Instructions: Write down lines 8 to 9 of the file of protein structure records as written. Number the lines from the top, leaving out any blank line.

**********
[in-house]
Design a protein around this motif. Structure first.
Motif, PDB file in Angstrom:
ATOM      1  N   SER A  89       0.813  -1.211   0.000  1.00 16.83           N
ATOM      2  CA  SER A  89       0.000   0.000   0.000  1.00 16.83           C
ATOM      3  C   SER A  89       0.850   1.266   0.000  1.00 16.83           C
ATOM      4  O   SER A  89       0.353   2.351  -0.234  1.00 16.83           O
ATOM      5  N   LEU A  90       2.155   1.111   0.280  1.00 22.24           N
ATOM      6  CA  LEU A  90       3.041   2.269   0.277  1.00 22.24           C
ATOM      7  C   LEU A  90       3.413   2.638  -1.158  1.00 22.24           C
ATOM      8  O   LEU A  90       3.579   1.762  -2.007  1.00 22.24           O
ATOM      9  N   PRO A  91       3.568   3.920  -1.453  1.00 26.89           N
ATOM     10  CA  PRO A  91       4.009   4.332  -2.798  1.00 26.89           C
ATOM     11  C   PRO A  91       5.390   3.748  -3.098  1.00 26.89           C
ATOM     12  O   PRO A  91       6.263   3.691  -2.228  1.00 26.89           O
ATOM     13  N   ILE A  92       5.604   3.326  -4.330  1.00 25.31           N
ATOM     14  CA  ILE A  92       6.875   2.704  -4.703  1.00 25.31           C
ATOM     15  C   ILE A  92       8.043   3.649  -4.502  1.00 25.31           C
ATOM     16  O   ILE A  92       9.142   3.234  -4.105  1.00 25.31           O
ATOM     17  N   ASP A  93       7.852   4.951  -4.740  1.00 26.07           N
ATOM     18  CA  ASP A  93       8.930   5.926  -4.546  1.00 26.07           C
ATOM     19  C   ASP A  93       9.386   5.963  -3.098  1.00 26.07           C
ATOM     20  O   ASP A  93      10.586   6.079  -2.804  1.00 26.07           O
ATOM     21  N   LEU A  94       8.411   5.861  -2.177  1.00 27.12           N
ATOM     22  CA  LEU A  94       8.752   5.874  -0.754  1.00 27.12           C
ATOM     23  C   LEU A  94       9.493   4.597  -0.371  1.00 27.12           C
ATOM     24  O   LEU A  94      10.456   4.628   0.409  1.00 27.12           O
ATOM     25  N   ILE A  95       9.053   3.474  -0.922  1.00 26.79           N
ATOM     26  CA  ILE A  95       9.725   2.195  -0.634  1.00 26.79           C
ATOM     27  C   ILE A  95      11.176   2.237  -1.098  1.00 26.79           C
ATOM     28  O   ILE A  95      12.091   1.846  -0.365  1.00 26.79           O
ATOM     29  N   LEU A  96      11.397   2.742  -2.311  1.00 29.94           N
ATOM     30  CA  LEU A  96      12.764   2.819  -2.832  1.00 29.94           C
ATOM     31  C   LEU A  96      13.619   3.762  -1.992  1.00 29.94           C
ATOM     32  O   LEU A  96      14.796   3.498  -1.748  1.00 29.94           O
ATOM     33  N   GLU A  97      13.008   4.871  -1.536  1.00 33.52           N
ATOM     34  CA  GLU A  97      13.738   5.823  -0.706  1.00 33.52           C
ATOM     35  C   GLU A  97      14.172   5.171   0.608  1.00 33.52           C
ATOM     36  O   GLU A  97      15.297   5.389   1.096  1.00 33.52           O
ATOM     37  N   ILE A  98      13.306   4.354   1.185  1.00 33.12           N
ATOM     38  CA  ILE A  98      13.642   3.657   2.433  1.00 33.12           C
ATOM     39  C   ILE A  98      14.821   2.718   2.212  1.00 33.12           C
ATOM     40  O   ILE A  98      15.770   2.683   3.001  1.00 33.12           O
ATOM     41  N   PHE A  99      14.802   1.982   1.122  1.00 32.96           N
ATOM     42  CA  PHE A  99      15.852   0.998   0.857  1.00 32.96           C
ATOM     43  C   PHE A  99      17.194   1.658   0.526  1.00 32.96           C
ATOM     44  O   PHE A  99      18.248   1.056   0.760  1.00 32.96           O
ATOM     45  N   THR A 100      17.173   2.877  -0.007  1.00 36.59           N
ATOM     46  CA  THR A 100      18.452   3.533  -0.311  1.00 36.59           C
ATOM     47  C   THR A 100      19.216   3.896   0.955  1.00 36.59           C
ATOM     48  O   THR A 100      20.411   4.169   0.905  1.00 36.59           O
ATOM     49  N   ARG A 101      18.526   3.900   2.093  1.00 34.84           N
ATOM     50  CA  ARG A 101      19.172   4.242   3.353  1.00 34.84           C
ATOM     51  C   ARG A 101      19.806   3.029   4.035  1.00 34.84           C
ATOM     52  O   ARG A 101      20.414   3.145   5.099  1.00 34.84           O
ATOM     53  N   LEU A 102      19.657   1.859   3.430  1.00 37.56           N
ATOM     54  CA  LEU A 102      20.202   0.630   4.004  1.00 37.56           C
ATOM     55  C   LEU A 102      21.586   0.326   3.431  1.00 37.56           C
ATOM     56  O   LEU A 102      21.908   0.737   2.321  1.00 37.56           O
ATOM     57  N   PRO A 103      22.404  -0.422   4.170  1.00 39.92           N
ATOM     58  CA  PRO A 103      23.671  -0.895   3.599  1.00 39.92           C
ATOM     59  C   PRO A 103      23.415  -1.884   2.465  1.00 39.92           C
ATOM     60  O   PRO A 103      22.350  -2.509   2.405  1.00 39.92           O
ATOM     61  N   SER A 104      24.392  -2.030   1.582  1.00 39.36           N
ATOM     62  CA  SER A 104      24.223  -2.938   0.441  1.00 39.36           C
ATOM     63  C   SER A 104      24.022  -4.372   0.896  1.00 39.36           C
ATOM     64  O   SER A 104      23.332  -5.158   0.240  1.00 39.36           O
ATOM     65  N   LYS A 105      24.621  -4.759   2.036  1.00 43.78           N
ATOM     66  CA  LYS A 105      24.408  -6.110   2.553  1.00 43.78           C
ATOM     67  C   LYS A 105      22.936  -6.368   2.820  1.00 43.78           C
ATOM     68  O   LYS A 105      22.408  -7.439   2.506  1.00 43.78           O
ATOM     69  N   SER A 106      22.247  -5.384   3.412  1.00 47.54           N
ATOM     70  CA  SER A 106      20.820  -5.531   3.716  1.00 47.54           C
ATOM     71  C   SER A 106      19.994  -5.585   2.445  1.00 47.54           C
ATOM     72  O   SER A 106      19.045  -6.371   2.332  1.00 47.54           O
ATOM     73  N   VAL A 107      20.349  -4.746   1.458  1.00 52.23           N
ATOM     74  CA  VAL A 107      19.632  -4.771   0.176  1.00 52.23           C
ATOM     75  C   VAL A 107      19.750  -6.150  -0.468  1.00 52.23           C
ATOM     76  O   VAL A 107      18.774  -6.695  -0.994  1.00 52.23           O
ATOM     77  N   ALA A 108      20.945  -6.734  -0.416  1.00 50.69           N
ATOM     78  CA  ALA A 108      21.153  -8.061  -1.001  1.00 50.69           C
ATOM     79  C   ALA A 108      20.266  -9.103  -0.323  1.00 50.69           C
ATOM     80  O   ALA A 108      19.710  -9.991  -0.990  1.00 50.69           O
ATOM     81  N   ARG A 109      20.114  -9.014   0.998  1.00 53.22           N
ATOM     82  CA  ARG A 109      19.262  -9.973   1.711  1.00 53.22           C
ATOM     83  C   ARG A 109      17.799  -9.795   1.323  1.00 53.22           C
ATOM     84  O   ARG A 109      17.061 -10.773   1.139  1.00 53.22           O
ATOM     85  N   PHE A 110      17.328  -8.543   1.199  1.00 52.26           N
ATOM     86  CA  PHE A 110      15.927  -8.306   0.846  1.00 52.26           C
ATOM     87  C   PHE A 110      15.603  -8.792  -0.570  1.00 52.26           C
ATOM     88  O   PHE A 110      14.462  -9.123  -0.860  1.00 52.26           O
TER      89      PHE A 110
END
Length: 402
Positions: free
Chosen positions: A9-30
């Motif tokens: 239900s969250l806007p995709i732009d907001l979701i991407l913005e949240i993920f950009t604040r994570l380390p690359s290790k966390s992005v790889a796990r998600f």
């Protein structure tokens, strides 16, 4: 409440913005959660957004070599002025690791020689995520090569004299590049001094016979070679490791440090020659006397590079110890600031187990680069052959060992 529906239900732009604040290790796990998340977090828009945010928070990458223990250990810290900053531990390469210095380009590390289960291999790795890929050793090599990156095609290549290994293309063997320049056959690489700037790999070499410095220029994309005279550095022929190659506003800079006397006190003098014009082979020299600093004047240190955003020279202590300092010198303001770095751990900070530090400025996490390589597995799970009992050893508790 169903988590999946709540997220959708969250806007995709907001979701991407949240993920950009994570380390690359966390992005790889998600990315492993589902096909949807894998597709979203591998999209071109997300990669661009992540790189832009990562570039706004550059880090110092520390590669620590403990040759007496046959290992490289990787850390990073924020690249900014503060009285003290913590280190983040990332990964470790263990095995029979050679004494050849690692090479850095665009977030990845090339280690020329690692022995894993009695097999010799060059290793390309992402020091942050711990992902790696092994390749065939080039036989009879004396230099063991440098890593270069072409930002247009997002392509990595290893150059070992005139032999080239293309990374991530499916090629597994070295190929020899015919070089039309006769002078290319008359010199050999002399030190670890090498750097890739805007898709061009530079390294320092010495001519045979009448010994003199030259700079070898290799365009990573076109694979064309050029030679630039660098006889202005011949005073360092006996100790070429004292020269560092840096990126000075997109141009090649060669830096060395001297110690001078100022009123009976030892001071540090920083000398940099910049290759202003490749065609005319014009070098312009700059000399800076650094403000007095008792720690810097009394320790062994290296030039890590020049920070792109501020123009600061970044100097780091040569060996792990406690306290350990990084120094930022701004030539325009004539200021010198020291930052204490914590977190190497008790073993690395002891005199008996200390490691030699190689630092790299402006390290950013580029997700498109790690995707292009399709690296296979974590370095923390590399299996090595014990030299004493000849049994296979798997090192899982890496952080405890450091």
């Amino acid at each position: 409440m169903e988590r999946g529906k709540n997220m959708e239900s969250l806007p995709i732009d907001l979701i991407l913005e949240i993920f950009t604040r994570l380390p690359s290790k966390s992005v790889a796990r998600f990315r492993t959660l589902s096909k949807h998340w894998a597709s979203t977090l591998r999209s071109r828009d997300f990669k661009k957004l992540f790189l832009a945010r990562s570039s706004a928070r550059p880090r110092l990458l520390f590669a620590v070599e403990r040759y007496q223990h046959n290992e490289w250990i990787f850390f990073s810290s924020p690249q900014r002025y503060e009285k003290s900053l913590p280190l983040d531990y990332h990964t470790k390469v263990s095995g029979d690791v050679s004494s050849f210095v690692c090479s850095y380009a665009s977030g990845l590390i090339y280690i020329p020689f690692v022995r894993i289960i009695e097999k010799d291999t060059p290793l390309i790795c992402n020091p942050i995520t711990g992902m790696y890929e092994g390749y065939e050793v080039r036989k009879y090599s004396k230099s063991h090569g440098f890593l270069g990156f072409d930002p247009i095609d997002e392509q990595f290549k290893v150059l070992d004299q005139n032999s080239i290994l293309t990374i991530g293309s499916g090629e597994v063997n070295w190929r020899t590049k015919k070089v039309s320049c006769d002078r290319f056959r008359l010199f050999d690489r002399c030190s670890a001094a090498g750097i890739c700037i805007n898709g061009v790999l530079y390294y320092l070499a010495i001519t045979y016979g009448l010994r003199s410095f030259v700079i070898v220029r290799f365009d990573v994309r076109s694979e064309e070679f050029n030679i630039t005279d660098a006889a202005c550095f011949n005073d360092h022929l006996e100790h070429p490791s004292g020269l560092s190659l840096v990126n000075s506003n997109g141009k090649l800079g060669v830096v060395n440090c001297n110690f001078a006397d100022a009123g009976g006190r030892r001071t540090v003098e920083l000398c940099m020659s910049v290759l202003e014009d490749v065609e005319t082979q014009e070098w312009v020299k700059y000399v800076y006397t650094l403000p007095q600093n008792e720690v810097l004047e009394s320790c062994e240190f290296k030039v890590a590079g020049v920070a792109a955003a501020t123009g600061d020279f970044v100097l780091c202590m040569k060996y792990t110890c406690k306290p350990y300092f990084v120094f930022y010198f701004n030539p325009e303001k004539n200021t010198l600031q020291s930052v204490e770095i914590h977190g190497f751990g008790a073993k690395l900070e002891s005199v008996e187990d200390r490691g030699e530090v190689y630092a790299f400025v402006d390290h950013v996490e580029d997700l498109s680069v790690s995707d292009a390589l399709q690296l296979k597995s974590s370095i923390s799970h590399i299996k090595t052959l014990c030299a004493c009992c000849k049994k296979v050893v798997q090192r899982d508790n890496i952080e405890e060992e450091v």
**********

ATOM      5  N   LEU A  90       2.155   1.111   0.280  1.00 22.24           N
ATOM      6  CA  LEU A  90       3.041   2.269   0.277  1.00 22.24           C